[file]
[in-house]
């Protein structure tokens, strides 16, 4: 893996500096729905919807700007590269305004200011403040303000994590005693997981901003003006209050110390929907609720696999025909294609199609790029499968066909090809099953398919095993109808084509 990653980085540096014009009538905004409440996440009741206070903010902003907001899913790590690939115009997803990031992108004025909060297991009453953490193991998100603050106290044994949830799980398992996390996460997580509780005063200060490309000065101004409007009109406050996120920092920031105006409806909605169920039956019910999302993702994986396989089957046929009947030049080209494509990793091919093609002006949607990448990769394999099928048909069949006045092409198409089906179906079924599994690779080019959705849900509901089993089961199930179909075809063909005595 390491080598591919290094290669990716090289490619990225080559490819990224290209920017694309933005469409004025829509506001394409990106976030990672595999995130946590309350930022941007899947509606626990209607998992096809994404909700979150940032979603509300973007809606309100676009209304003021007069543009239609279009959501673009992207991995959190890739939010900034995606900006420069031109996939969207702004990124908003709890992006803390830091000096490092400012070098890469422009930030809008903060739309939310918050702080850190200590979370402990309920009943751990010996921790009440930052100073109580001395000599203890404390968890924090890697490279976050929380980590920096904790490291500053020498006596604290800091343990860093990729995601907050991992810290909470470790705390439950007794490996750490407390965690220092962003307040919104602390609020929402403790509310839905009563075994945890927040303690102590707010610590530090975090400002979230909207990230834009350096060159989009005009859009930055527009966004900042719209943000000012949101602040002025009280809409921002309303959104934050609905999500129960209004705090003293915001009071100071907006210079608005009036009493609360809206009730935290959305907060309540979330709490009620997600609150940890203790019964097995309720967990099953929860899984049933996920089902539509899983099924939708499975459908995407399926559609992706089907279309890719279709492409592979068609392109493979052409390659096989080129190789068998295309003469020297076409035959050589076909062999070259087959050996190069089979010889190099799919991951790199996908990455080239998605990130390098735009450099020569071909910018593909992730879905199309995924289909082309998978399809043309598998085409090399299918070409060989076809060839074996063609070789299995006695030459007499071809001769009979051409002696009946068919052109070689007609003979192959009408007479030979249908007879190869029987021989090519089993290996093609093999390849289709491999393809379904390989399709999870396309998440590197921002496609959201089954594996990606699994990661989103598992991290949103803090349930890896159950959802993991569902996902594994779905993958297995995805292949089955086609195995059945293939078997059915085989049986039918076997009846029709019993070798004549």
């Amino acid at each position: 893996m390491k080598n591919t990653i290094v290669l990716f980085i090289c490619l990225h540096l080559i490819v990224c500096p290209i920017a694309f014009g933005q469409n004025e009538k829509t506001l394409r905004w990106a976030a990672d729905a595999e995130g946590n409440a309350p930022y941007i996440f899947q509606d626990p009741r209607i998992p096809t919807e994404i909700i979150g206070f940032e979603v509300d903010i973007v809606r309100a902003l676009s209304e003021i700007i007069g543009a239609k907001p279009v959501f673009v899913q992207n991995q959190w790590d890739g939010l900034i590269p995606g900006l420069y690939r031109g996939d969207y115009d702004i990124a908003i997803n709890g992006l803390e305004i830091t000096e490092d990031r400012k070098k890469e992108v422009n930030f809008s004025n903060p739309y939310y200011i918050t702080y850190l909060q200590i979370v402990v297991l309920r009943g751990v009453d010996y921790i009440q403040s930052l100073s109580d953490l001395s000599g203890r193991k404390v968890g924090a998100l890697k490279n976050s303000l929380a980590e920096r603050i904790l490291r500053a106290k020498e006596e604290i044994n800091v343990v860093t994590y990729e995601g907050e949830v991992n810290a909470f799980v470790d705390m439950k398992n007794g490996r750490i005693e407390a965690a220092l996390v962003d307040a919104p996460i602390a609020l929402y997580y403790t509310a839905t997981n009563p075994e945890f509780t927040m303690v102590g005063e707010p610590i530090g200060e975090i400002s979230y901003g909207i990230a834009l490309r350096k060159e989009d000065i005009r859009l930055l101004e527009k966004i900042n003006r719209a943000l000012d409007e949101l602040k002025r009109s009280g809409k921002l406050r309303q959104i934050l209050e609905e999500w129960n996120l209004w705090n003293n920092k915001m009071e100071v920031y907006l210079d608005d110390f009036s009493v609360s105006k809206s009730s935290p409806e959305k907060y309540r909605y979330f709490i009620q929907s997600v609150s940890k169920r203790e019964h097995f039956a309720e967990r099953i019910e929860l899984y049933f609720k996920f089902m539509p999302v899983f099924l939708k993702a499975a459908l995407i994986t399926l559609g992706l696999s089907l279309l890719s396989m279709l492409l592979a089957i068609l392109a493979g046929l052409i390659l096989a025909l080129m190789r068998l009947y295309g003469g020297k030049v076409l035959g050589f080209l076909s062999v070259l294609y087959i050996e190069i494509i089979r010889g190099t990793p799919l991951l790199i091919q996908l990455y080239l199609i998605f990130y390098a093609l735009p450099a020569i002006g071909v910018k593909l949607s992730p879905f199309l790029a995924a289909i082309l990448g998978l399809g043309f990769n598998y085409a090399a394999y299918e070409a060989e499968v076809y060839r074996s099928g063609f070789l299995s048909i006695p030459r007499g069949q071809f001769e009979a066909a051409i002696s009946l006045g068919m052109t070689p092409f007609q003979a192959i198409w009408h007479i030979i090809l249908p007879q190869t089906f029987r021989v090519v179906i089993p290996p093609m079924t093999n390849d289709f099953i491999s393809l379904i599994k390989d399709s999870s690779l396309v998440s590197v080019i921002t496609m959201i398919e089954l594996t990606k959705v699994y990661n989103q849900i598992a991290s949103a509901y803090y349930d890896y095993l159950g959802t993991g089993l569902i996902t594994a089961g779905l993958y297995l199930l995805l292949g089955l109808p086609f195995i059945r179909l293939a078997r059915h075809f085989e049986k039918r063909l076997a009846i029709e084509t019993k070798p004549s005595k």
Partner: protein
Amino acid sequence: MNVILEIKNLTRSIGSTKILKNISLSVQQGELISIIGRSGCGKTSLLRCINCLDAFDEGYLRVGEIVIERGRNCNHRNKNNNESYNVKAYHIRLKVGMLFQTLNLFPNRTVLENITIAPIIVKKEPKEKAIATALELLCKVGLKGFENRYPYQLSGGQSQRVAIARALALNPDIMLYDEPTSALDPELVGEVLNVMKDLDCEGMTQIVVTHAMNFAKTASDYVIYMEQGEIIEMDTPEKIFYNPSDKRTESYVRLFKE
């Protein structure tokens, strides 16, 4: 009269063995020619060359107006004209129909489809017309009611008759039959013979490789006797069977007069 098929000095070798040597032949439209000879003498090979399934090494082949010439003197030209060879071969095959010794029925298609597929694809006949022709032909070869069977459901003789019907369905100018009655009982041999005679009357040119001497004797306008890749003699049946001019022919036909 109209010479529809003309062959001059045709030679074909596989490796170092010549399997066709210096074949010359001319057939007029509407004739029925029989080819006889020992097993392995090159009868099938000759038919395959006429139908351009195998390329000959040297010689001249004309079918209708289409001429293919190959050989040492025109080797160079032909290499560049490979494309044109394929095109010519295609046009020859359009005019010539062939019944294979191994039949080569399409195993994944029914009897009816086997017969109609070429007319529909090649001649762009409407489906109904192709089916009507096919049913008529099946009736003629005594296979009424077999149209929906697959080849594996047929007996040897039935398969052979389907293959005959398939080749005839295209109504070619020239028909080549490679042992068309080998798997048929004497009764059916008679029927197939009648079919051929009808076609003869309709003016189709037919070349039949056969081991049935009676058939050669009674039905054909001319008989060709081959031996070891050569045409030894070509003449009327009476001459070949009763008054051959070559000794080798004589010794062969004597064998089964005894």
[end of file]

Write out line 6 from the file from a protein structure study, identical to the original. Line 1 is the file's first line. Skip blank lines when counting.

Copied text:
């Protein structure tokens, strides 16, 4: 009269063995020619060359107006004209129909489809017309009611008759039959013979490789006797069977007069 098929000095070798040597032949439209000879003498090979399934090494082949010439003197030209060879071969095959010794029925298609597929694809006949022709032909070869069977459901003789019907369905100018009655009982041999005679009357040119001497004797306008890749003699049946001019022919036909 109209010479529809003309062959001059045709030679074909596989490796170092010549399997066709210096074949010359001319057939007029509407004739029925029989080819006889020992097993392995090159009868099938000759038919395959006429139908351009195998390329000959040297010689001249004309079918209708289409001429293919190959050989040492025109080797160079032909290499560049490979494309044109394929095109010519295609046009020859359009005019010539062939019944294979191994039949080569399409195993994944029914009897009816086997017969109609070429007319529909090649001649762009409407489906109904192709089916009507096919049913008529099946009736003629005594296979009424077999149209929906697959080849594996047929007996040897039935398969052979389907293959005959398939080749005839295209109504070619020239028909080549490679042992068309080998798997048929004497009764059916008679029927197939009648079919051929009808076609003869309709003016189709037919070349039949056969081991049935009676058939050669009674039905054909001319008989060709081959031996070891050569045409030894070509003449009327009476001459070949009763008054051959070559000794080798004589010794062969004597064998089964005894």